I keep a piece of 1/2 copper pipe, an elbow actually, in my pocket. Copper ions destroys the DNA and RNA of Virus, Bacteria and Fungus. Some think I'm crazy, but I dealt with dozens of people a day, here in New Jersey, and have no symptoms. I just rub it with my fingers as much as I can. (INSERT 4TH GRADE JOKE HERE) It's less damaging to skin than hand sanitizer, too. Read THIS. Appl Environ Microbiol. 2011 Mar; 77(5): 1541–1547. Published online 2010 Dec 30. doi: 10.1128/AEM.02766-10 PMCID: PMC3067274 PMID: 21193661 Metallic Copper as an Antimicrobial Surface▿ Gregor Grass,1 Christopher Rensing,2 and Marc Solioz3,* Author information Copyright and License information Disclaimer This article has been cited by other articles in PMC. Go to: ABSTRACT Bacteria, yeasts, and viruses are rapidly killed on metallic copper surfaces, and the term “contact killing” has been coined for this process. While the phenomenon was already known in ancient times, it is currently receiving renewed attention. This is due to the potential use of copper as an antibacterial material in health care settings. Contact killing was observed to take place at a rate of at least 7 to 8 logs per hour, and no live microorganisms were generally recovered from copper surfaces after prolonged incubation. The antimicrobial activity of copper and copper alloys is now well established, and copper has recently been registered at the U.S. Environmental Protection Agency as the first solid antimicrobial material. In several clinical studies, copper has been evaluated for use on touch surfaces, such as door handles, bathroom fixtures, or bed rails, in attempts to curb nosocomial infections. In connection to these new applications of copper, it is important to understand the mechanism of contact killing since it may bear on central issues, such as the possibility of the emergence and spread of resistant organisms, cleaning procedures, and questions of material and object engineering. Recent work has shed light on mechanistic aspects of contact killing. These findings will be reviewed here and juxtaposed with the toxicity mechanisms of ionic copper. The merit of copper as a hygienic material in hospitals and related settings will also be discussed. The use of copper by human civilizations dates back to between the 5th and 6th millennia B.C. It was the first metal used, presumably because it could be found in a native, metallic form which did not require smelting. Its use remained scattered throughout Europe and the Middle East, and the archeological evidence remains scarce. With the invention of smelting, the metallurgic age began and the advantage of combining copper with tin to form bronze was discovered. The earliest bronze artifacts originated from the Middle East and China and date to before 3000 B.C., but it was not until the second millennium B.C. that bronze was used throughout Europe. The ability to smelt and forge iron from about 1000 B.C. marks the end of the Bronze Age and the beginning of the Iron Age. The oldest recorded medical use of copper is mentioned in the Smith Papyrus, one of the oldest books known (8). This Egyptian medical text, written between 2600 and 2200 B.C., describes the application of copper to sterilize chest wounds and drinking water (8). Greeks, Romans, Aztecs, and others also used copper or copper compounds for the treatment of such ailments as headaches, burns, intestinal worms, and ear infections and for hygiene in general. In the 19th century, a new awareness of copper's medical potency was spawned by the observation that copper workers appeared to be immune to cholera in the 1832 and subsequent outbreaks in Paris, France (8). The use of copper in medicine became widespread in the 19th and early 20th centuries, and a variety of inorganic copper preparations were used to treat chronic adenitis, eczema, impetigo, scrofulosis, tubercular infections, lupus, syphilis, anemia, chorea, and facial neuralgia (8). The use of copper as an antimicrobial agent continued until the advent of commercially available antibiotics in 1932. The spread of antibiotic resistance through selective pressure began and today has made antibiotic-resistant bacteria ubiquitous in hospitals, nursing homes, food processing plants, and animal breeding facilities. This has raised the need for different approaches to keep pathogenic microorganisms at bay. One such alternative is the use of copper surfaces in hygiene-sensitive areas. While this approach is not novel (7), it had lost importance and acceptance in the last few decades. A 1983 report documenting the beneficial effects of using brass and bronze on doorknobs to prevent the spread of microbes in a hospitals remained largely unnoticed (18). Similarly, the idea of using copper vessels to render water drinkable has been revived only very recently as a low-cost alternative for developing countries (37). Currently, there is an intense interest in the use of copper as a self-sanitizing material, and many recent publications deal with mechanistic aspects of “contact killing” (contact-mediated killing) by copper. Go to: COPPER AS A TOXIC BUT ESSENTIAL TRACE ELEMENT Copper is an essential trace element in most living organisms, and more than 30 types of copper-containing proteins are known today. Prominent examples are lysyl oxidase, which is involved in the cross-linking of collagen, tyrosinase, required for melanin synthesis, dopamine β-hydroxylase, which functions in the catecholamine pathway, cytochrome c oxidase, the terminal electron acceptor of the respiratory chain, and superoxide dismutase, required for defense against oxidative damage. In these enzymes, copper serves as an electron donor/acceptor by alternating between the redox states Cu(I) and Cu(II) (15). Other copper proteins, such as plastocyanins or azurins, act as electron carriers. Depending on the type of coordination of the copper to the protein, the redox potential of copper can vary over the range +200 mV to +800 mV. On the other hand, the redox properties of copper can also cause cellular damage. A number or mechanisms have been suggested. Reactive hydroxyl radicals can be generated in a Fenton-type reaction: (1) The extremely reactive hydroxyl radical can participate in a number of reactions detrimental to cellular molecules, such as the oxidation of proteins and lipids (45). Copper ions can also lead to depletion of sulfhydryls, such as in cysteines or glutathione, in a cycle between reactions 2 and 3: (2) (3) The hydrogen peroxide thus generated can in turn participate in reaction 1 and lead to further generation of toxic hydroxyl radicals. It is still not clear to what extent reactions 1 to 3 cause copper toxicity. Cells try to keep H2O2 at very low levels, and reaction 1 may not be the chief toxic mechanism, although this has been frequently claimed. An alternative route of copper ion toxicity has been shown to be the displacement of iron from iron-sulfur clusters (20). Similarly, copper ions may compete with zinc or other metal ions for important binding sites on proteins. The toxic effect of copper on microbes is utilized in agriculture for the control of bacterial and fungal diseases (4), which in fact led to the first thorough investigation of bacterial resistance to copper ions (5). Bacteria evolved a range of mechanisms to protect themselves from the toxic effects of copper ions: extracellular sequestration of copper ions, relative impermeability of the outer and inner bacterial membranes to copper ions, metallothionein-like copper-scavenging proteins in the cytoplasm and periplasm, and active extrusion of copper from the cell. The latter appears to be the chief mechanism of copper tolerance in bacteria and has been extensively studied in Gram-positive and Gram-negative bacteria. In Escherichia coli, the CopA copper-transporting ATPase resides in the cytoplasmic membrane and pumps excess Cu(I) from the cytoplasm to the periplasm (32). In the periplasmic space, the multicomponent copper efflux system CusCFBA and the multicopper oxidase CueO control the copper level and redox state, respectively. In addition to these chromosomally encoded systems, E. coli strains can harbor related, plasmid-encoded systems which further increase copper tolerance (33). All the components of this copper detoxification machinery are transcriptionally upregulated by copper via two regulatory circuits. In Gram-positive bacteria, which are devoid of a periplasmic space and an outer membrane, only CopA-type copper exporters are present and a single regulatory circuit usually controls their expression (34, 36). A number of other components, like copper-binding proteins, copper reductases, etc., support these basic defense systems against copper and have been described elsewhere (2, 16, 22, 35). In contrast to copper defense, copper utilization by bacteria is much less well understood. In Synechocystis, it appears that a special copper uptake ATPase serves in supplying copper to the photosynthetic components in the thylakoid membranes (38). On the other hand, methanotrophic bacteria that require copper for particulate methane monooxygenase secrete siderophore-like substances, the methanobactins, to scavenge extracellular copper (2). In Gram-negative bacteria, like E. coli, it is believed that the metalation of cuproenzymes takes place in the periplasmic space and does not require special copper uptake systems across the cytoplasmic membrane. Finally, many novel proteins of unknown function which are regulated by copper have been identified in the Gram-positive organism Lactococcus lactis (21), and further efforts will be required for an in-depth understanding of copper handling by bacteria. Go to: CONTACT KILLING IN THE LABORATORY The study of the antimicrobial properties of metallic copper surfaces is a relatively recent development and gained momentum when the Environmental Protection Agency (EPA) registered almost 300 different copper surfaces as antimicrobial in 2008 (http://www.epa.gov/pesticides/factsheets/copper-alloy-products.htm). Prior to that, a number of studies have already dealt with the kinetics of contact killing upon exposure of bacteria to copper and copper alloy surfaces (14, 28, 29, 43, 44). Table Table11 summarizes the species tested, test procedures, and killing kinetics. In general, microbes were inactivated on copper within hours, but such parameters as the inoculation technique, incubation temperature, and copper content of the alloy used were not usually investigated in a systematic way and are difficult to compare between studies. Nevertheless, a few general principles appear clear: higher copper content of alloys (43), higher temperature (10), and higher relative humidity (25) increased the efficacy of contact killing. Treatments that lowered corrosion rates, e.g., application of corrosion inhibitors or a thick copper oxide layer, lowered the antimicrobial effectiveness of copper surfaces (9). TABLE 1. Contact killing of microbes by copper surfaces Species Application method Killing time, RTa Reference Salmonella enterica Wet, 4.5 × 106 CFUb 4 h 14 Campylobacter jejuni Wet, 4.5 × 106 CFUb 8 h 14 Escherichia coli O157 Wet, (3-4) × 107 CFUc 65 min 43 Escherichia coli O157 Wet, 2.7 × 107 CFUc 75 min 29 MRSAd (NCTC10442) Wet, (1-1.9) × 107 CFUc 45 min 28 EMRSA-1e (NCTC11939) Wet, (1-1.9) × 107 CFUc 60 min 28 EMRSA-16e (NCTC13143) Wet, (1-1.9) × 105 CFUc 90 min 28 Listeria monocytogenes Scott A Wet, 107 CFUc 60 min 44 Mycobacterium tuberculosis Wet, 2.5 × 107 CFUf 5 to 15 daysg 24 Candida albicans Wet, >105 CFUf 60 min 24 Klebsiella pneumoniae Wet, >107 CFUf 60 min 24 Pseudomonas aeruginosa Wet, >107 CFUf 180 min 24 Acinetobacter baumannii Wet, >107 CFUf 180 min 24 MRSA Wet, >107 CFUf 180 min 24 Influenza A virus (H1N1) Wet, 5 × 105 virusesh 6 h, 4-log decrease 30 C. difficile (ATCC 9689) vegetative cells and spores Wet, 2.2 × 105 CFUc 24-48 h 40 C. difficile NCTC11204/R20291 vegetative cells Wet, (1-5) × 106 CFUi 30 min 42 C. difficile dormant spores Wet, 8 × 106 CFUi Unaffected in 3 h 42 C. difficile germinating spores Wet, 8 × 106 CFUi 3 h, 3-log decrease 42 Pseudomonas aeruginosa PAO1 Wet, 2.2 × 107 CFUj 120 min 10 MRSA NCTC 10442 Wet, 2 × 107 CFU 75 min, 7 log decrease 25 Escherichia coli W3110 Dry, 109 CFUi 1 min 12 Acinetobacter johnsonii DSM6963 Dry, 109 CFUk A few minutes 12 Pantoea stewartii DSM30176 Dry, 109 CFUi 1 min 12 Pseudomonas oleovorans DSM 1045 Dry, 109 CFUk 1 min 12 Staphylococcus warnerii DSM20316 Dry, 109 CFUk A few minutes 12 Brachybacterium conglomeratum DSM 10241 Dry, 109 CFUk A few minutes 12 Aspergillus flavus Wet, (2-300) × 105 sporesc 120 h 41 Aspergillus fumigatus Wet, (2-300) × 105 sporesc >120 h 41 Aspergillus niger Wet, (2-300) × 105 sporesc > 576 h 41 Fusarium culmonium Wet, (2-300) × 105 sporesc 24 h 41 Fusarium oxysporum Wet, (2-300) × 105 sporesc 24 h 41 Fusarium solani Wet, (2-300) × 105 sporesc 24 h 41 Penicillium crysogenum Wet, (2-300) × 105 sporesc 24 h 41 Candida albicans Wet, (2-300) × 105 sporesc 24 h 41 Enterococcus hirae ATCC 9790 Wet, 107 CFUc 90 min 27 Different Enterococcus spp. Wet, 106 CFUf 60 min 39 Candida albicans Dry, 106 CFUk 5 min 31 Saccharomyces cerevisiae Dry, 106 CFUk 30 s 31 Open in a separate window aRT, room temperature; only the values for the most efficient alloy are reported. bInoculation with 1.5 ml of culture (4.5 × 106 CFU), kept under humid conditions. cInoculation with a 20-μl drop of culture. dMethicillin-resistant Staphylococcus aureus. eEpidemic methicillin-resistant Staphylococcus aureus. fTwenty microliters of culture spread on coupons. gTime before strain became culture positive in Bactec 12B growth medium after exposure to copper. hInoculation with 20 μl of virion suspension. iOne hundred microliters of dilute culture. jTwenty-five microliters of culture spread on coupons with a glass spreader. kThin film applied with a cotton swab. In most studies on contact killing, a “wet” inoculation technique was used by applying typically 20 μl of cell suspensions to coupons. While this is a valid approach for laboratory testing, it might not mimic well the dry copper surfaces encountered in health care environments. In an alternative “dry” method, a small volume of liquid is applied to coupons with a cotton swab. The thin film of liquid evaporates within seconds and allows direct contact of all cells with the metal surface. Under these conditions, E. coli and other bacteria were inactivated within a few minutes of exposure (11-13). This suggests that dry metallic copper surfaces are even more antimicrobial than moist ones, which raises interesting questions about the mechanism of contact killing. Certain Gram-positive bacteria, such as members of the Bacilli and Clostridia, form endospores which can resist heat, radiation, desiccation, denaturing chemicals, etc. Thus, endospores pose a real challenge to aseptic procedures. Clostridium difficile is an important pathogen of the group of spore-forming bacteria and leads to diseases like diarrhea and colitis. Excretion of endospores by infected persons might contaminate surfaces and generate a long-term reservoir for transmission. In spite of the robustness of these spores, killing by metallic copper has been reported in some cases. In one study, viable spores were found to be diminished by 99.8% in 3 h on solid copper (42), while complete inactivation of spores in 24 to 48 h was reported in a second study (40). Clearly, endospores are more resilient to contact killing by copper than vegetative cells, but killing may still occur and thus warrant the strategic use of copper to curb spreading of C. difficile. What is the mechanism of contact killing? This question cannot yet be answered clearly, but a number of factors contributing to contact killing have been identified. In wet inoculation of copper surfaces with bacteria, the copper homeostatic systems of the cell appear to play a role. Pseudomonas aeruginosa PAO1 deleted in the cinR gene, encoding a copper-responsive regulator, or the cinA gene, encoding an azurin-like protein involved in copper resistance, was more rapidly killed on copper surfaces than the wild type (10). Similarly, an Enterococcus hirae mutant deleted in the gene for the copper export pump, copB, was killed after 75 min, while complete inactivation of the wild type took 90 min. In E. coli, finally, deletion of three systems, cueO (encoding periplasmic copper oxidase), cus (encoding a periplasmic copper efflux system), and copA (encoding a cytoplasmic copper extrusion pump), led to faster killing kinetics than for the wild type, preincubated with copper to express the copper-homeostatic genes (10, 13). Preincubation with copper also increased the killing time of E. coli carrying the plasmid-borne pco copper resistance system (13). Clearly, bacterial copper resistance systems do not offer protection from contact killing, but they do prolong survival. This suggests the involvement of dissolved copper ions in the killing process (Fig. (Fig.1).1). This is further supported by the effect of medium composition on contact killing. Application of the cells to copper surfaces in Tris buffer dramatically enhanced contact killing, and much more copper was dissolved by Tris buffer than by water or phosphate buffer (27). Although spent medium dissolved as much copper as Tris buffer, this copper was probably tightly bound to media components and not bioavailable and thus did not accelerate contact killing. For E. coli, it was shown that copper chelators protected cells from contact killing (13). All these observations support a role of surface-released free copper ions in contact killing, but they are clearly not the sole determinant of the process. FIG. 1. Cartoon of the tentative events in contact killing. (A) Copper dissolves from the copper surface and causes cell damage. (B) The cell membrane ruptures because of copper and other stress phenomena, leading to loss of membrane potential and cytoplasmic content. (C) Copper ions induce the generation of reactive oxygen species, which cause further cell damage. (D) Genomic and plasmid DNA becomes degraded. Recent studies showed that large amounts of copper ions were taken up by E. coli over 90 min, when cells were applied to copper coupons in a standing drop. When cells were plated on copper by the dry method, the accumulation of copper ions by cells was even more dramatic, reaching a low molar concentration, or 27-fold the level observed by wet plating, in a fraction of the time. The copper ion level of cells remained high throughout the killing phase, suggesting that cells become overwhelmed by their intracellular copper (11). Another factor that influences cell survival on metallic copper is oxidative stress. Generation of reactive oxygen species (ROS) is probably mediated by redox cycling between the different copper species, Cu(0), Cu(I), and Cu(II). The absence of oxygen did not inhibit contact killing of E. coli but doubled the time required for complete killing of 109 cells from 1 to 2 min in the dry plating method (13). This indicates that stress caused by reactive oxygen species is another factor contributing to contact killing. The fate of DNA during contact killing by copper has also been investigated. According to one study, DNA is a major target of copper toxicity, leading to rapid DNA fragmentation and cell death (39). This contrasts with recent findings by Espirito Santo et al., which suggest that the primary damage to cells in contact killing is membrane damage (11). It is likely that DNA damage ensues only as a secondary event following cell death. It could be shown that membrane damage by copper was not accompanied by an increase in the mutation rate or DNA fragmentation. Deinococcus radiodurans is a bacterium that is exceptionally resistant to ionizing radiation because of its ability to repair even highly fragmented DNA. Remarkably, D. radiodurans was as sensitive as E. coli to contact killing by copper (11). At the current state of knowledge, it appears that contact killing proceeds by successive membrane damage, copper influx into the cells, oxidative damage, cell death, and DNA degradation (cf. Fig. Fig.1).1). Clearly, this sequence of events is still tentative, and further work on contact killing is required to offer more-detailed molecular insight into the process. How soiling, cleaning, exposure to chemicals, and tarnishing affect the antimicrobial properties of copper has not yet been studied in detail. In a study where copper surfaces were inoculated with bacteria in 1% solutions of albumin, dried, and subsequently cleaned with 70% ethanol or 1% sodium hypochlorite, there was a build-up of residues and a concomitant decrease in killing efficiency (1). On the other hand, it was reported that copper surfaces remained active when soiled (42). Also, it was found that there was no reduction in killing efficiency over 30 cycles of bacterial inoculation, followed by cleaning with a 1% nonionic detergent solution (M. Solioz and C. Molteni, unpublished observations). From what is known about the mechanism of contact killing, it appears clear that a clean copper surface, free of oxide, wax, or other coating agents, will always be active in contact killing. A future task will be to establish reproducible protocols for cleaning copper surfaces such that they maintain maximal efficacy in contact killing. Go to: CONTACT KILLING IN HEALTH CARE SETTINGS Touch surfaces commonly found in hospitals, such as door handles, touch plates, bed rails, call buttons, toilet seats, etc., can be highly contaminated with microbes. It was shown that germs such as Staphylococcus aureus and Acinetobacter spp. can persist on such surfaces for months (17). Frequent and efficient cleaning, combined with proper hand hygiene, diminishes transmission of infections, but complete elimination appears impossible (6). With the worldwide spread of such antibiotic-resistant organisms as methicillin-resistant S. aureus (MRSA) or more recently New Delhi metallo-beta-lactamase (NDM)-harboring strains, dangerous nosocomial infections have become a primary concern for hospitals. It can be approximated that in 2006 there were about 720,000 hospital-acquired infections in the United States, causing $125 billion in extra hospital charges and more than 74,000 fatalities (database on hospital-acquired infections in Pennsylvania [http://www.phc4.org/]). These numbers emphasize the need for new approaches to hospital hygiene, and antimicrobial copper promises to provide one such approach to supplement the current hygiene measures. Stainless steel is the metal predominantly used in health care environments because of its “clean” appearance and corrosion resistance. However, there is no inherent antimicrobial advantage to using this metal (19). Copper surfaces, with their self-sanitizing properties, could be envisioned as making an important contribution to infection control. Thus, the use of antimicrobial metallic copper surfaces is likely to provide protection from infectious microbes by reducing surface contamination, as was recently shown in successful hospital trials. Hospital trials are now ongoing worldwide, and the first results have been reported (3, 23, 26). The 10-week Selly Oak Hospital trial in Birmingham, United Kingdom, was carried out with both copper and control surfaces in the same ward. This approach was chosen to decrease potential bias in the microbial challenge to copper and control surfaces (3). In addition, after 5 weeks, the copper-containing and non-copper-containing surfaces and items were interchanged to further diminish bias. Bacterial contamination of a copper-coated (70% Cu) composite toilet seat, brass tap handles (60% Cu), and a brass door push plate (70% Cu) was compared against that of equivalent items with plastic, chrome-plated, or aluminum surfaces. Median numbers of bacteria recovered from surfaces of copper-containing items were between 90% and 100% lower than those from control surfaces. While MRSA and C. difficile were not isolated in this study, methicillin-sensitive S. aureus (MSSA), vancomycin-resistant Enterococcus (VRE), and E. coli were found only on control surfaces but not on copper surfaces. It is noteworthy that in contrast to laboratory studies, in which unused copper surfaces are usually tested, this hospital trial employed “aged” surfaces. The items to be tested were installed at least 6 months prior to commencement of the study. This also allowed domestic staff and health care workers to become accustomed to the copper-containing fixtures. In addition, it provides support for the notion that copper surfaces will not lose their antimicrobial activity over time. Nevertheless, long-term studies are still required to evaluate the sustainability of the antimicrobial properties of copper surfaces over the course of several years. A second hospital trial was contracted at a walk-in primary health care clinic in Grabouw, a rural region of the Western Cape, South Africa (23). Here, a consulting room rather than a medical ward was refitted with copper surfaces. In this room, items in frequent contact with patients and staff, such as desks, trolleys, the top of a cupboard, and windowsills, were covered with copper sheets. During 6 months, surfaces were sampled every 6 weeks for a 4.5-day period, with multiple samplings per day. An overall 71% reduction in the bacterial load of the copper surfaces was observed compared to that of the control surfaces, with significantly lower mean total colony counts during working days and overnight (23). Interestingly, comparable numbers of bacteria were counted when surfaces remained untouched over the weekends (71 h), but this phenomenon was not investigated further. Finally, in the German trial at the Asklepios Hospital, Hamburg, touch surfaces in patient bed rooms, rest rooms, and staff rooms in an oncological/pneumological and a geriatric ward were refitted with brass (a copper/zinc alloy). Control rooms retained aluminum door handles and push plates and plastic light switches (26). The total duration of this trial was 32 weeks, equally divided into summer and winter months. The number of aerobic, heterotrophic bacteria on these surfaces was determined once or twice per week. The presence of ciprofloxacin-resistant Staphylococcus (CRS) as an indicator organism for multiple-drug-resistant nosocomial pathogens was determined. Following sampling each morning, all surfaces were cleaned with a disinfectant. Additional samples were taken immediately after cleaning and 3, 6, and 9 h later. Over both halves of the trial, there was an average 63% reduction in the bacterial load on copper surfaces compared to controls. Results were significant for door handles, which had the highest overall microbial load. Bacterial numbers recovered from copper and plastic light switches were similar. No significant differences in the survival of CRS on copper and noncopper surfaces were observed, but on average cell numbers from copper were lower. Interestingly, the repopulation of surfaces by microbes occurred at different rates. For copper surfaces, the average rate of repopulation was less than half of that for the control surfaces, documenting the antibacterial properties of copper surfaces. Results are still awaited from trials at the Memorial Sloan-Kettering Cancer Center in New York City, NY, the Medical University of South Carolina in Charleston, SC, the Ralph H. Johnson VA Medical Center in Charleston, the Hospital del Cobre de Calama in Chile, and the Kitasato University Hospital in Japan. In the hospitals trials described so far, only heterotrophic, aerobic bacteria were assessed. It would be interesting to conduct similar trials in which anaerobic bacteria, including endospore formers and eukaryotic microbes, are also evaluated, since these microbes pose their own unique challenges. Go to: CONCLUSIONS AND FUTURE DIRECTIONS The antimicrobial properties of copper surfaces have now been firmly established. Hospital trials have shown a reduction in bacterial counts, indicating that copper surfaces are a promising additional tool alongside other hygienic measures to curb the number and severity of hospital-acquired infections. At this point, additional studies would be helpful in determining the most cost-effective way to give maximal protection in hospitals. For example, should only highly frequented sites be made of copper, e.g., doorknobs, faucets, and bed rails, or should the majority of accessible surfaces be made of copper? In addition, different copper alloys should be tested not only for their effectiveness but also for their esthetic appeal. Finally, the antimicrobial properties of copper surfaces must be integrated with other methods of disinfection and the overall hygiene concept of a health care facility. Additional measures, such as the addition of spore germinants to cleaning solutions to improve killing of spores, also deserve further investigation. Bacterial resistance is a major concern in infection control. Are there bacteria which are naturally refractory to contact killing by copper? It is known that live bacteria can be isolated from copper-containing surfaces, and in a recent study, 294 isolates from European 50-cent coins were investigated in regard to copper resistance. Some of the isolates indeed exhibited prolonged (1 to 3 days) survival on dry but not on moist copper surfaces, but none of the strains was exceptionally copper resistant in culture (12). Survival on copper-containing coins appeared to be the consequence of either endospore formation, survival on patches of dirt, or a special ability to endure a dry metallic copper surface. While the latter, rare property is not yet understood, widespread appearance of bacterial resistant to contact killing appears unlikely for the following reasons: (i) plasmid DNA is completely degraded after cell death by contact killing, preventing the transfer of resistance determinants between organisms (39), (ii) contact killing is very rapid, and cells are not dividing on copper surfaces, precluding the acquisition of resistance, and (iii) copper and copper alloys have been used by humans for thousands of years, yet no bacteria fully resistant to contact killing have been discovered. Go to: ACKNOWLEDGMENTS Financial support from the Swiss National Foundation (grant 3100A0_122551 to M.S.), pilot NIH grant P20 RR-017675 from the National Center for Research Resources (to G.G.), National Institutes of Health grant GM079192 (to C.R.), grants from the International Copper Association to G.G., C.R., and M.S., and a grant from the Swiss State Secretary for Education & Research (to M.S.) are greatly appreciated. Equipment in the lab of G.G. was purchased with Nebraska Tobacco Settlement Biomedical Research Development Funds. The contents of this work are solely the responsibility of the authors and do not necessarily represent the official views of the NIH.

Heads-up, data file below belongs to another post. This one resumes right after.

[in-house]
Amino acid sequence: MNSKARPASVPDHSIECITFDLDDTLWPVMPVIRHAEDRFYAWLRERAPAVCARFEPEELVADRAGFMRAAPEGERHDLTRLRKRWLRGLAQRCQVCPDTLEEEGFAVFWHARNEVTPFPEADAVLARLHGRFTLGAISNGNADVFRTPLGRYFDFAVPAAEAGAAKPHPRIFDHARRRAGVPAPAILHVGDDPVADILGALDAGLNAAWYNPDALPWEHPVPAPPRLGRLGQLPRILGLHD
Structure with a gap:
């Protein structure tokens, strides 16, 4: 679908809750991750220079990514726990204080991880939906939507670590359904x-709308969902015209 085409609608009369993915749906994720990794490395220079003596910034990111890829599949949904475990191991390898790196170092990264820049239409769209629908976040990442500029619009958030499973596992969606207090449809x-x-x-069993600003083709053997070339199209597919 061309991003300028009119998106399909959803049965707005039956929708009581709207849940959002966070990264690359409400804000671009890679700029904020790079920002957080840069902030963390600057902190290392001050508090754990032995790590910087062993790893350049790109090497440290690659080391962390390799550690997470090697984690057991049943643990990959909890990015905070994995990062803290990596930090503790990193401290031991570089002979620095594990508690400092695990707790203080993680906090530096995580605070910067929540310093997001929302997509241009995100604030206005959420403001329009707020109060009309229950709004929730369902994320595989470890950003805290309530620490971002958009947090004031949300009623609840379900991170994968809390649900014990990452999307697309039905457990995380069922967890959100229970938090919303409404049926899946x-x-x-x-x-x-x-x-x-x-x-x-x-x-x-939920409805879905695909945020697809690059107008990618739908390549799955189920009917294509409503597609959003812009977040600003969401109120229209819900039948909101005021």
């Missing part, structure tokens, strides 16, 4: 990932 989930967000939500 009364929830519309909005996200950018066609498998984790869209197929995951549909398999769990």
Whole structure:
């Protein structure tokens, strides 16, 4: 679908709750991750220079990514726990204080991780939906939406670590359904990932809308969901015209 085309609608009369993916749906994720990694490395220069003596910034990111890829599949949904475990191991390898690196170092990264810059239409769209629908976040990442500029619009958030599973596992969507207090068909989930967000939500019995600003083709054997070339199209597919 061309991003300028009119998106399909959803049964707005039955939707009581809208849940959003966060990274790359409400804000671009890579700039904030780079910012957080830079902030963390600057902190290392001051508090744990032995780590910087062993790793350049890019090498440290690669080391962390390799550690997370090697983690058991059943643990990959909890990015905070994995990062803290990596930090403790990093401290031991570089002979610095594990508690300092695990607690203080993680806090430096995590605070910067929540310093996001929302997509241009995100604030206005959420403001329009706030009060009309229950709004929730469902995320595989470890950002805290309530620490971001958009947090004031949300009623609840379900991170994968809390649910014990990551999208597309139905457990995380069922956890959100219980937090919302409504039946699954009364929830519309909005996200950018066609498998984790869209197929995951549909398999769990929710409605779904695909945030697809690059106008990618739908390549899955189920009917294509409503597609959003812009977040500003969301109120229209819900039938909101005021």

6. 2 points